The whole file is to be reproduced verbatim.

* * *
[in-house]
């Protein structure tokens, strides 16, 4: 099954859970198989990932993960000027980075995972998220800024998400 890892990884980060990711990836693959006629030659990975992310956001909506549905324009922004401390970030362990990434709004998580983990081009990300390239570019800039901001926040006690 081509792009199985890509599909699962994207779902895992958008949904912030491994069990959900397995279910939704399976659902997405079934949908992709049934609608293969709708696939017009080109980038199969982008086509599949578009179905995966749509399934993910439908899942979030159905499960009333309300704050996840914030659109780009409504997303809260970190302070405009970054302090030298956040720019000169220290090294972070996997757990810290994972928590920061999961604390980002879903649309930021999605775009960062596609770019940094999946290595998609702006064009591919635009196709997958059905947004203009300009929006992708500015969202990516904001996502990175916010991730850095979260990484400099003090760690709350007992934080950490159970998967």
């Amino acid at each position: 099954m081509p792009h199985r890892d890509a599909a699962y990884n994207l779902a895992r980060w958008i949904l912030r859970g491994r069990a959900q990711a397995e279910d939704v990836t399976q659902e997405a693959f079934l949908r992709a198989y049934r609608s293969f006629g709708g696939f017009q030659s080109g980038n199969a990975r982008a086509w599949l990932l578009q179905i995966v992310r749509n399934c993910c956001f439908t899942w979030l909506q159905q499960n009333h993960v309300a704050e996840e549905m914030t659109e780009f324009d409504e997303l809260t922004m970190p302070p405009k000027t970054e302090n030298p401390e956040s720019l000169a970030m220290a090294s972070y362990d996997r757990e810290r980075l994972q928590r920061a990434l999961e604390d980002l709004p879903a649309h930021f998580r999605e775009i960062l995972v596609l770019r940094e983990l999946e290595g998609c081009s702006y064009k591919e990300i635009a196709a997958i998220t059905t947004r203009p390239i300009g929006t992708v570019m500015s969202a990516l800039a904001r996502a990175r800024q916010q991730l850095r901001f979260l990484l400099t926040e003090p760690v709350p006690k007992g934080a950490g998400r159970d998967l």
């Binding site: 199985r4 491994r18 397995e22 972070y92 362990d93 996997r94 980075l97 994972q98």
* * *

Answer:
[in-house]
């Protein structure tokens, strides 16, 4: 099954859970198989990932993960000027980075995972998220800024998400 890892990884980060990711990836693959006629030659990975992310956001909506549905324009922004401390970030362990990434709004998580983990081009990300390239570019800039901001926040006690 081509792009199985890509599909699962994207779902895992958008949904912030491994069990959900397995279910939704399976659902997405079934949908992709049934609608293969709708696939017009080109980038199969982008086509599949578009179905995966749509399934993910439908899942979030159905499960009333309300704050996840914030659109780009409504997303809260970190302070405009970054302090030298956040720019000169220290090294972070996997757990810290994972928590920061999961604390980002879903649309930021999605775009960062596609770019940094999946290595998609702006064009591919635009196709997958059905947004203009300009929006992708500015969202990516904001996502990175916010991730850095979260990484400099003090760690709350007992934080950490159970998967």
């Amino acid at each position: 099954m081509p792009h199985r890892d890509a599909a699962y990884n994207l779902a895992r980060w958008i949904l912030r859970g491994r069990a959900q990711a397995e279910d939704v990836t399976q659902e997405a693959f079934l949908r992709a198989y049934r609608s293969f006629g709708g696939f017009q030659s080109g980038n199969a990975r982008a086509w599949l990932l578009q179905i995966v992310r749509n399934c993910c956001f439908t899942w979030l909506q159905q499960n009333h993960v309300a704050e996840e549905m914030t659109e780009f324009d409504e997303l809260t922004m970190p302070p405009k000027t970054e302090n030298p401390e956040s720019l000169a970030m220290a090294s972070y362990d996997r757990e810290r980075l994972q928590r920061a990434l999961e604390d980002l709004p879903a649309h930021f998580r999605e775009i960062l995972v596609l770019r940094e983990l999946e290595g998609c081009s702006y064009k591919e990300i635009a196709a997958i998220t059905t947004r203009p390239i300009g929006t992708v570019m500015s969202a990516l800039a904001r996502a990175r800024q916010q991730l850095r901001f979260l990484l400099t926040e003090p760690v709350p006690k007992g934080a950490g998400r159970d998967l």
């Binding site: 199985r4 491994r18 397995e22 972070y92 362990d93 996997r94 980075l97 994972q98």